Weekend on the Sunshine Coast

My previous knowledge of the Sunshine Coast extended only to its Australian counterpart, but when I discovered that the Canadian one is just a short bus and ferry ride from downtown Vancouver (one of fairly few places that are easily accessible without a car) it sounded like a good option for a weekend away and some sunshine.

This is what I was greeted with:

Arriving into Langdale, Sunshine Coast

It wasn’t just drizzling, it was throwing it down, and it was cold. Whistler declared a powder day on the 28th of May – unheard of. But anyway, I’m British so I just wore all my clothes, took an umbrella and got on with it.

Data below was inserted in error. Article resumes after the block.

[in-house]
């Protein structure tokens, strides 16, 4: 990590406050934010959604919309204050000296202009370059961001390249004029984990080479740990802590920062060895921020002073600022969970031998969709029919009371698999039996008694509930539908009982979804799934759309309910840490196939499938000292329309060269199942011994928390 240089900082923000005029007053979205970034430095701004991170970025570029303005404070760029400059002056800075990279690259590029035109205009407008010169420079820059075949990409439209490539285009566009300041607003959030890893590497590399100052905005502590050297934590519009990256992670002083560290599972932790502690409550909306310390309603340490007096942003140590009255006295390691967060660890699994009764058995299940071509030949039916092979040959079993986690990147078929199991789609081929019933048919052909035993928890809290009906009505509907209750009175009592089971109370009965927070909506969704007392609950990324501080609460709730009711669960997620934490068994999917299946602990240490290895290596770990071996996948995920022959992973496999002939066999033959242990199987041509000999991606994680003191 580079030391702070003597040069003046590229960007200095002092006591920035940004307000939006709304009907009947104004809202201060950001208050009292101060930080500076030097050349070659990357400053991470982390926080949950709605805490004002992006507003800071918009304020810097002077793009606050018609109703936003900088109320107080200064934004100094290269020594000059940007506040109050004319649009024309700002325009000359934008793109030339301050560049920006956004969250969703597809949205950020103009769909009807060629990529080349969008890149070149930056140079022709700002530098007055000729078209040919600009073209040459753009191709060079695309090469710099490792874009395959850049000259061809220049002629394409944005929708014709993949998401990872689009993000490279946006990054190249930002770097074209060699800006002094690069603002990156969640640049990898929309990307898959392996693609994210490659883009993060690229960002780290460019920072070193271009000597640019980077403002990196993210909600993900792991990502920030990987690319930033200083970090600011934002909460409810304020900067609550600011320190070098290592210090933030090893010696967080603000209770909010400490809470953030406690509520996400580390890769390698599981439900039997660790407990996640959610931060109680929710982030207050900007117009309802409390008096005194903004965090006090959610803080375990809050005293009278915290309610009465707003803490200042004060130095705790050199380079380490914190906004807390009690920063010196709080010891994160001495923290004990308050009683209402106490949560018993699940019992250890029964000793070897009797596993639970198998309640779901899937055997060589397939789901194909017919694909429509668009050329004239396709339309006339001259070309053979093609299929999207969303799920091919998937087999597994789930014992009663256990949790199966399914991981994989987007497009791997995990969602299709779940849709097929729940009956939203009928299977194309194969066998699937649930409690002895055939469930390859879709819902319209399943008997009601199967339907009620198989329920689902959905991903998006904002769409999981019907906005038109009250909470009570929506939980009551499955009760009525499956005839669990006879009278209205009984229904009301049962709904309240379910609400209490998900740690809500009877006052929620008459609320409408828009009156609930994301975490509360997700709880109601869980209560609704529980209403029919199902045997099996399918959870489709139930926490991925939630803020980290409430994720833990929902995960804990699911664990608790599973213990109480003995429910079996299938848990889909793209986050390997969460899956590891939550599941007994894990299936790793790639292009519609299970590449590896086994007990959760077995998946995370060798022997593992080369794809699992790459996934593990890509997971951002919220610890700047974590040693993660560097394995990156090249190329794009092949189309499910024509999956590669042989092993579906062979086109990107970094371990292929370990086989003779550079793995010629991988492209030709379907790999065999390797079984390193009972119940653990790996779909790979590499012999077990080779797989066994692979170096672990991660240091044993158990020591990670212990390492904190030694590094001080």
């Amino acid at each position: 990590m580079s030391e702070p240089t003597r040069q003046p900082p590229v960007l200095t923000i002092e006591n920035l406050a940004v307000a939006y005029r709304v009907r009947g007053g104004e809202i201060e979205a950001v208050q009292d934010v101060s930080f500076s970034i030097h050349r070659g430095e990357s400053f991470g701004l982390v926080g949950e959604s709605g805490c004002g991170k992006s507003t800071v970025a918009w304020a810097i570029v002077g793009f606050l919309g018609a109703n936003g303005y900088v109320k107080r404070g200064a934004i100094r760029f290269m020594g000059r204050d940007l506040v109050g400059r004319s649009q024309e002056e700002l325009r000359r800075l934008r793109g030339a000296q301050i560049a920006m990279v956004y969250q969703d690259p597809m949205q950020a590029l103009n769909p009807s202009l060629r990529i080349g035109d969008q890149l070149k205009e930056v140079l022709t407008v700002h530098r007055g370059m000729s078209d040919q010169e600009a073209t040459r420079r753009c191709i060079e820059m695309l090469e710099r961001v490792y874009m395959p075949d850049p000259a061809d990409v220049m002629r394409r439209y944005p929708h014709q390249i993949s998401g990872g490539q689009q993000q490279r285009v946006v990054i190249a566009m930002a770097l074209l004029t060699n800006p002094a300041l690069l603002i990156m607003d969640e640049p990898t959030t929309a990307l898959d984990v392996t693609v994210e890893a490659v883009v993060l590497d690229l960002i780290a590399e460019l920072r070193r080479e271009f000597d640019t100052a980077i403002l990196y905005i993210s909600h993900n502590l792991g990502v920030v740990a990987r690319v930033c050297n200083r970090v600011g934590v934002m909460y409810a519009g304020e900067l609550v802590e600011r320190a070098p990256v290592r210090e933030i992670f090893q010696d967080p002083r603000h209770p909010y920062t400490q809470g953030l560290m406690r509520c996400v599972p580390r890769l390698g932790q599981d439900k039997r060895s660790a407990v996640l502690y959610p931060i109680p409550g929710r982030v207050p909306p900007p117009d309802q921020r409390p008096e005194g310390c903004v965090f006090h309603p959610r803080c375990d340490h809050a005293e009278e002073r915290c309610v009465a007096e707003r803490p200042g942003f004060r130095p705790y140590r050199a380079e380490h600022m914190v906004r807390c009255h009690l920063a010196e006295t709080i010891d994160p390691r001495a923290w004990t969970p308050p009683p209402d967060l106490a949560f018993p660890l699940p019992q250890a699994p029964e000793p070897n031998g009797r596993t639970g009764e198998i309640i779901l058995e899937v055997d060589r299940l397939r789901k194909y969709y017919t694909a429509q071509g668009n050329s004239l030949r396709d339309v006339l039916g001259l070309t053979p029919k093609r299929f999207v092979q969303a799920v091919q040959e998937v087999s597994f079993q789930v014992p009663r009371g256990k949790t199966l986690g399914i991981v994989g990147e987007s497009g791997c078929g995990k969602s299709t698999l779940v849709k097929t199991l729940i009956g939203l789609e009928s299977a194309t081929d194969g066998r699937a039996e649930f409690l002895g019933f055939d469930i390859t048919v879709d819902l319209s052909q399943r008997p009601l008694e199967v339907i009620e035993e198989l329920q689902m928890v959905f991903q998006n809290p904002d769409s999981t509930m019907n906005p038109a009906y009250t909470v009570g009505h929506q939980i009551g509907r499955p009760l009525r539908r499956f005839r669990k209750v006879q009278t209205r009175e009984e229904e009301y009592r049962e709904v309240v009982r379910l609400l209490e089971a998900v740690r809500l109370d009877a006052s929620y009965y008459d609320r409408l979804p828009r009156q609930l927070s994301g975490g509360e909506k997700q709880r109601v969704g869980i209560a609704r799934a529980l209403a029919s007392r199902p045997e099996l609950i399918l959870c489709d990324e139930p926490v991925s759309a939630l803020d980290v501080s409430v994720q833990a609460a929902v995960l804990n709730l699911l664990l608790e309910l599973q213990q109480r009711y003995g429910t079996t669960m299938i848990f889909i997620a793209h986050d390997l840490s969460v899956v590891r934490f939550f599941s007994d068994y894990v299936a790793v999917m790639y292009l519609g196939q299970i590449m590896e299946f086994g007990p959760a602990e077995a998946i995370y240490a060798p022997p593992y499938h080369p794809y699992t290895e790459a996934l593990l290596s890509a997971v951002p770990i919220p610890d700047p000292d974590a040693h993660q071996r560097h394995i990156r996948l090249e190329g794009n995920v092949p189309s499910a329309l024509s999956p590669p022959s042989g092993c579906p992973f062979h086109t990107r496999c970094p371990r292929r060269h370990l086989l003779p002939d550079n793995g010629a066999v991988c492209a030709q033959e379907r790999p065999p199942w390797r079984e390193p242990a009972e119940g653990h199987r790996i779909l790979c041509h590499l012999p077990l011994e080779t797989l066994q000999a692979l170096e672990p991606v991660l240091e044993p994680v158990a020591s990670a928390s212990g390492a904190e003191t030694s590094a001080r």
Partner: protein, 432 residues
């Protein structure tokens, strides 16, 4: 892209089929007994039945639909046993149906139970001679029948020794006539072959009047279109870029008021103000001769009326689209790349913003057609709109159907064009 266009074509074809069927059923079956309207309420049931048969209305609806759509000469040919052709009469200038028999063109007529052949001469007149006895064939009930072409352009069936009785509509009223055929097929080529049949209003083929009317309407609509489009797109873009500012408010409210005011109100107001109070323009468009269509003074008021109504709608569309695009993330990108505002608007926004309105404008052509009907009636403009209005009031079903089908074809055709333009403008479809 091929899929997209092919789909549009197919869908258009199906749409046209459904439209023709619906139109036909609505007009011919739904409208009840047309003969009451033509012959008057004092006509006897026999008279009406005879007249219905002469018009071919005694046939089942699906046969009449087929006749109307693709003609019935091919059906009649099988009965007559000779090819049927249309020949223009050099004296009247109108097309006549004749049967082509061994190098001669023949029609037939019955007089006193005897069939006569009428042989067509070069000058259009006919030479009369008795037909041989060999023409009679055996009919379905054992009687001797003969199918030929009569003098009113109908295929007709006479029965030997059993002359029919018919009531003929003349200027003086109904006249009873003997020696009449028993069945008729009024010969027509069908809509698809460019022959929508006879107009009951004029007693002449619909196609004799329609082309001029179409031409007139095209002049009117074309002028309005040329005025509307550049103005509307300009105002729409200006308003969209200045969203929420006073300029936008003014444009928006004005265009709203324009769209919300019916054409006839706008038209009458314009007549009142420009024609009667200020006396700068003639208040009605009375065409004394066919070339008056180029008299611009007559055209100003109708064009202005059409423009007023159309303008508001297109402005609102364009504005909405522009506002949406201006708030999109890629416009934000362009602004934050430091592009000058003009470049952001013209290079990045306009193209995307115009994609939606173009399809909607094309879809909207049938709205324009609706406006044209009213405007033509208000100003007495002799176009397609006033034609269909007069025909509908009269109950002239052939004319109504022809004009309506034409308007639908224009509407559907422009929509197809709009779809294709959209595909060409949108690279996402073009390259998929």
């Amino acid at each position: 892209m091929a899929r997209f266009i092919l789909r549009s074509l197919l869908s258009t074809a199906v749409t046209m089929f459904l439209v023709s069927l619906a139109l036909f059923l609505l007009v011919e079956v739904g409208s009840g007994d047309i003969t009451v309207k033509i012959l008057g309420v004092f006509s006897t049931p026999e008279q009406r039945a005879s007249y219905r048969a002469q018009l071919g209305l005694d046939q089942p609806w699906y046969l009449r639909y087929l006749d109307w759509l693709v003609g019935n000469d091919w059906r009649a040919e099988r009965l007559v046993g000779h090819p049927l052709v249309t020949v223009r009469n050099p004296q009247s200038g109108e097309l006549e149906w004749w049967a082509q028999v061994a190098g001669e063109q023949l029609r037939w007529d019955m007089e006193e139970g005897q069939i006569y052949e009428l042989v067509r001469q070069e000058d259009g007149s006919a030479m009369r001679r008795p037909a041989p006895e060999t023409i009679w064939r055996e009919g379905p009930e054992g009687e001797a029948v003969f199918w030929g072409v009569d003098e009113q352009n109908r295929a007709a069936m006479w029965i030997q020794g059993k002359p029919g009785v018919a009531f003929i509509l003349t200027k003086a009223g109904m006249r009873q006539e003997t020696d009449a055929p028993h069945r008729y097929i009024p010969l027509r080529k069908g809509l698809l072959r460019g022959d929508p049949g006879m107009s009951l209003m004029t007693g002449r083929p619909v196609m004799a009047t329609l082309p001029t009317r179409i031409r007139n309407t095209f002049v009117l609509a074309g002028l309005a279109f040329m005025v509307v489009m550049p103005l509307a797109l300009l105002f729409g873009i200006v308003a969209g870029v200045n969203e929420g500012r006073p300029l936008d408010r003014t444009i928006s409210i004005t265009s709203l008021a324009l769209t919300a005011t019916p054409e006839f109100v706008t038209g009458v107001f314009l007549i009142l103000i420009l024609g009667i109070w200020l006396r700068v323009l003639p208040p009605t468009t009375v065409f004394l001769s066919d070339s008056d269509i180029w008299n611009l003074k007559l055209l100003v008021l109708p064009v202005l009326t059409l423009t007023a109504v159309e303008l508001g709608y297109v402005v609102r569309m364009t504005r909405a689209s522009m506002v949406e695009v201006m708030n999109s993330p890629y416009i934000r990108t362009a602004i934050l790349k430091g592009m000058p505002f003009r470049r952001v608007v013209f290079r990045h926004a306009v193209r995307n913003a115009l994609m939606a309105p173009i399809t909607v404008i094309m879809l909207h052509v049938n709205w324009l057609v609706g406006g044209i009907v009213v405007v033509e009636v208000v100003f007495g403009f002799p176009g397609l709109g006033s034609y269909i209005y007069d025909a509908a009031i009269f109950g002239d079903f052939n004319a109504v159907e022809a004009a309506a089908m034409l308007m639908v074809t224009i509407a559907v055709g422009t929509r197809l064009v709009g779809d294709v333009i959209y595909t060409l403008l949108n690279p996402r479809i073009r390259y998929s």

This was also my first solo Airbnb experience, and seemed to be going well so far – great communication from my hosts (who were British and couldn’t wait to meet me), and the promise of a lift from the ferry. They’d even offered to change the dates of my stay owing to the terrible weather. Anyway, Judith (or ‘Judes’) was waiting under the bus shelter wearing a red scarf as promised, and was simply DELIGHTED to welcome me, but TERRIBLY sorry about the weather. She was incredibly lovely, but all kinds of posh and I ended up doing that strange thing I sometimes do where my accent adapts to the person I’m speaking to…I was practically calling her ‘daaaarling’ by the time we arrived at their house in Gibsons. This is all in jest, as I cannot say enough how lovely her and Paul were – I was even welcomed with coffee, muffins and cinnamon buns before being shown to the part of the house I was staying in. Their listing here.